LGBTQ World News

Italy’s Senate approves Civil Unions, but not Same-sex Marriage

On Thursday, Feb. 25 Italy’s Senate recognized civil unions. The bill was passed despite strong opposition from the Roman Catholic Church and Renzi’s opponents with a 173-71 vote. The bill had been stalled in legislation for years until the European Court of Human Rights condemned Italy last year for its discrimination against members of the gay community. The court found that Italy had failed to provide members of the gay community with the most basic rights that are owed to couples in strong relationships. These rights included, but were not limited to, inheritance rights and recommended civil union recognition. But gay and lesbian groups were not happy, saying that Prime Minister Matteo Renzi had to sacrifice a part of the compromise that would have allowed gay adoption in order to ensure that the bill would pass and that civil unions would be recognized. The bill was “watered-down” so that it would gain more supporters. The original bill would have granted non-biological parents in same-sex unions some parental rights. This part of the bill was known as the “stepchild” provision. Many members of the LGBTQ Community see this historical victory as more of a hollow one because of this.

This bill will allow same-sex couples to enter civil unions that will provide legal rights that are similar to the rights granted to married couples.

“Tonight many Italian citizens will feel less alone, more community. Hope has defeated fear. Courage has won over discrimination. Love has won,” said Prime Minister Renzi in a Facebook post shortly after the bill’s passing.

Charlotte, South Carolina, City Council Passed an LGBT-Inclusive Ordinance

Thanks to a decision on Monday Feb. 22, Charlotte, South Carolina might add sexual orientation and gender identity to its antidiscrimination ordinance.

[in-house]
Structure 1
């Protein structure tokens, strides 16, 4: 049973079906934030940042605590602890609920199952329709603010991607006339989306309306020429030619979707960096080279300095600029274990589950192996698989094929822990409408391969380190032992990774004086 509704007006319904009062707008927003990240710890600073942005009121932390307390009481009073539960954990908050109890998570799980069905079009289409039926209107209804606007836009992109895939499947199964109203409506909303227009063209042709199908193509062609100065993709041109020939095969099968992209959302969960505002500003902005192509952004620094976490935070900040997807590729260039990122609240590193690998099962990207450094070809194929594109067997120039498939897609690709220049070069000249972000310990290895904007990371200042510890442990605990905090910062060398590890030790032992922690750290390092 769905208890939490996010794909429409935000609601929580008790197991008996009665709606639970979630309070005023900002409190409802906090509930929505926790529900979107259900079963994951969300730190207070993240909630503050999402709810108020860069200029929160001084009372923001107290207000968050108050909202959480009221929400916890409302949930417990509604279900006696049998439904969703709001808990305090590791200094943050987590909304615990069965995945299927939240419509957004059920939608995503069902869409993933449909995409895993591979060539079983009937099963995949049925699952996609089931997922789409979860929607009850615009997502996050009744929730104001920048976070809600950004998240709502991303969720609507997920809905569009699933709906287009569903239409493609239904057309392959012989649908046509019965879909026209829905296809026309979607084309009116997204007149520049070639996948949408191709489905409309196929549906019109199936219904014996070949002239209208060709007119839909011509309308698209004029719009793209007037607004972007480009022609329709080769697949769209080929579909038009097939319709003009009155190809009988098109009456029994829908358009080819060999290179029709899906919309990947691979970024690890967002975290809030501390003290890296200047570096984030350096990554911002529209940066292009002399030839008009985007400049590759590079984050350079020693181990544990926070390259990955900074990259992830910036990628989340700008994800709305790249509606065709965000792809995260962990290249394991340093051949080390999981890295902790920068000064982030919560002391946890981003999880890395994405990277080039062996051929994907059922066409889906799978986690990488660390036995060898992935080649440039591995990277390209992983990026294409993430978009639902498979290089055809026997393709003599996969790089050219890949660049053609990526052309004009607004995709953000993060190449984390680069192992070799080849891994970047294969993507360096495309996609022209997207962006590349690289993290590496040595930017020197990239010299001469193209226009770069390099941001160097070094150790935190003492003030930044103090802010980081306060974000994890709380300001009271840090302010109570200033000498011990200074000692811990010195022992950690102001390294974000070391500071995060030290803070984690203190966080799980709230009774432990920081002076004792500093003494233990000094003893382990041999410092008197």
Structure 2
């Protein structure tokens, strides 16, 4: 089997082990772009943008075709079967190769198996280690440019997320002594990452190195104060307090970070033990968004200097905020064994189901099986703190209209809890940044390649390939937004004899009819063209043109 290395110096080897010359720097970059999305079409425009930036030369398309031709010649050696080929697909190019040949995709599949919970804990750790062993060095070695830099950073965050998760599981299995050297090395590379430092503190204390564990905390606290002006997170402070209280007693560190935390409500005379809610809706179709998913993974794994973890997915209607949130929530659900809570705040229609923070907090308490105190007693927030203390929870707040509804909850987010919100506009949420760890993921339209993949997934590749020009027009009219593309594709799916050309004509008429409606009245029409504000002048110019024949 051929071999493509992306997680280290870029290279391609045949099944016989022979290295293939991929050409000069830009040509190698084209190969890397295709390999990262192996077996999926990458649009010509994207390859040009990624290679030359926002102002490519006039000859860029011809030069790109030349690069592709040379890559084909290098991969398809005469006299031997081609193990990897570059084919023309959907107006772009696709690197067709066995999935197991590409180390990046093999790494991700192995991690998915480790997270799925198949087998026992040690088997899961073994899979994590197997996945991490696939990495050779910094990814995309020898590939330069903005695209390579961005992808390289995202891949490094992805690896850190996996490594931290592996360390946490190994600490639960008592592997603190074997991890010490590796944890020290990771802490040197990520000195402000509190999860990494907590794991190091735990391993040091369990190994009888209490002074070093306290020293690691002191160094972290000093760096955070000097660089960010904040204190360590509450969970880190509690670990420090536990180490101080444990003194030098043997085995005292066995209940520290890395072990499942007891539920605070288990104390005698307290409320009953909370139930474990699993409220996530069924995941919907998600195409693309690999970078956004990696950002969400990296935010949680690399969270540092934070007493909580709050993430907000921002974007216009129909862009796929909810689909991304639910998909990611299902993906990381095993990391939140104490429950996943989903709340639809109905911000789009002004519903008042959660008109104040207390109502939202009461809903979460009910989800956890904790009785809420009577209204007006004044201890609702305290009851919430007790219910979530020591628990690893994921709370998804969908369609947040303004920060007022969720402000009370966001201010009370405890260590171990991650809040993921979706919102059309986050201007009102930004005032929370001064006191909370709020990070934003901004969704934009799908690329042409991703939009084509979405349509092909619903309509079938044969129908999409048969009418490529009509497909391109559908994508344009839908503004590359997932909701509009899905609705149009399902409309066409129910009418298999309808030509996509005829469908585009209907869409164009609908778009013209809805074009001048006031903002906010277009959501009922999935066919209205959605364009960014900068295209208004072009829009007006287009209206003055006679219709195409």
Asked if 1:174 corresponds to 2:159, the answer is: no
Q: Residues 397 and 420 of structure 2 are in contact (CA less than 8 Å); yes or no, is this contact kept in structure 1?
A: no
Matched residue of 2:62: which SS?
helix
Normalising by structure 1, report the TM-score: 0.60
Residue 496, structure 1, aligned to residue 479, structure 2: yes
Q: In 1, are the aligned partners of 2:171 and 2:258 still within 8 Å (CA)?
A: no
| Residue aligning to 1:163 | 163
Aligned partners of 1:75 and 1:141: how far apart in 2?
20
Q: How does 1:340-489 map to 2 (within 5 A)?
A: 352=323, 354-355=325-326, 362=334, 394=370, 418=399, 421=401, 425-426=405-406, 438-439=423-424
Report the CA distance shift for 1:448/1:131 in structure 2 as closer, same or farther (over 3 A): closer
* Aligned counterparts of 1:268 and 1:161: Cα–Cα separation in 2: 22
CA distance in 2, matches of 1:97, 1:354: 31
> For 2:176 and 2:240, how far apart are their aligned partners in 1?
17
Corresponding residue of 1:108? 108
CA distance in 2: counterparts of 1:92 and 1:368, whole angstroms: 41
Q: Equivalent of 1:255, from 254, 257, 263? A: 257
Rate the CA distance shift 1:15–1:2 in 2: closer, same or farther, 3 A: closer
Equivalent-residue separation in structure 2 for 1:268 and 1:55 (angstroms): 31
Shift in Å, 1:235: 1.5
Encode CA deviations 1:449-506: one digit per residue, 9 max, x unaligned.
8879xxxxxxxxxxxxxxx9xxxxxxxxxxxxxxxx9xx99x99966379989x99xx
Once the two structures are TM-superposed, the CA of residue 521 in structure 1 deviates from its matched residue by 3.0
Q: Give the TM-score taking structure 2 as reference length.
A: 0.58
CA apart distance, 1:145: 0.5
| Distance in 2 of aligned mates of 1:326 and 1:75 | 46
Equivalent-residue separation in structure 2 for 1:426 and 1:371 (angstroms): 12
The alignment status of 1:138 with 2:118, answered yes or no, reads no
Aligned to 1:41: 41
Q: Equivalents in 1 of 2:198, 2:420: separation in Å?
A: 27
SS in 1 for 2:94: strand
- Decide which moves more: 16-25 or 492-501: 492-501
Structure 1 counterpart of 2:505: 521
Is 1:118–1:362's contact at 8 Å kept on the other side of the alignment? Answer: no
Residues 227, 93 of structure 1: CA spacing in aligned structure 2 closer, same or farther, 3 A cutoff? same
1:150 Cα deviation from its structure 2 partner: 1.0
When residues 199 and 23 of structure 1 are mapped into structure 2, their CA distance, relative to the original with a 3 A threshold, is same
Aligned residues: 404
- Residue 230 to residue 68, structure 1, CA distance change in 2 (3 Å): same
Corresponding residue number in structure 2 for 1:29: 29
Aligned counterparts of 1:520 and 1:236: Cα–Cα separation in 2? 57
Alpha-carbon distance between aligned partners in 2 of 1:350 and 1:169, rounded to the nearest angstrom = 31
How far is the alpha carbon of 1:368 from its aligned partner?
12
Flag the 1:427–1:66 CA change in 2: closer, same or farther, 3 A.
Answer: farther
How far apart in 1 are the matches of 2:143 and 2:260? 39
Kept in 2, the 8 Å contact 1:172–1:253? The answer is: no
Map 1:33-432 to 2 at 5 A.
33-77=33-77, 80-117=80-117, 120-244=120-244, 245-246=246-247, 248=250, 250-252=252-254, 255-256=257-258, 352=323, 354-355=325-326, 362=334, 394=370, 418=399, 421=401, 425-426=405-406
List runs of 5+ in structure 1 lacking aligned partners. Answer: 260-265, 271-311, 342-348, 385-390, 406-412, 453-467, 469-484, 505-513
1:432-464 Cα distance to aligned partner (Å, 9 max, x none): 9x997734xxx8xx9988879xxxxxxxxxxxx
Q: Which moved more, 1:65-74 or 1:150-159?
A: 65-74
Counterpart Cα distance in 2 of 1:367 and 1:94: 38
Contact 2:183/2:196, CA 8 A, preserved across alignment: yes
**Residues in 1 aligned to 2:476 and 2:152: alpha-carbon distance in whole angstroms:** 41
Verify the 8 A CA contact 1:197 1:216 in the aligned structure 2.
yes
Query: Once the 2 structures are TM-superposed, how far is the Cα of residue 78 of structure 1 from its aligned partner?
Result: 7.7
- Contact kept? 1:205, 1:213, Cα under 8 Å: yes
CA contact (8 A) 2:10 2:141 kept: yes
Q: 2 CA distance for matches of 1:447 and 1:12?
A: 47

Sadly, the state legislature does have the power to overrule the city council’s decision. Local news provider The Charlotte Observer reported that the most controversial part of the ordinance may lead to its rejection. The ordinance’s opposition, a large portion of South Carolina’s House Republicans, is willing to let the ordinance pass only if a portion of the ordinance is eliminated. The portion that the opposition wants eliminated is the part of the bill that would allow transgender people to use the bathroom that corresponds with their gender identity instead of the bathroom based on the gender they were assigned at birth.

“Restrooms and locker rooms should remain distinctly private,” said House majority leader, Republican Mike Hager, in a news release. Hager said that the General Assembly would only act to remove the bathroom provision of the ordinance.

Governor Pat McCrory sent an email out to the Republican City Council members of Feb. 21, singling out the bathroom provision as the biggest problem when it comes to the ordinance.

When the ordinance goes into effect, vendors would have to cater to LGBT events, business owners would not be allowed to turn away members of the LGBT community, and bakers could no longer refuse to bake for gay weddings. This would be in effect no matter what the vendor’s, businessman’s, or baker’s religious beliefs are. If the business were to violate the ordinance, they could seek an injunction that would force it to follow it.

Supporters are determined to pass the ordinance with the bathroom provision in place. Last year council members John Autry and LaWana Mayfield voted against a version of the ordinance that did not include the bathroom provision. They refused to leave members of the LGBT community behind.

The House could pass it to a city wide vote, much like Houston did last year which led to the defeat of their entire ordinance, with 61 percent of the population voting no.

If the bathroom provision is removed, transgender people would still have protection from discrimination.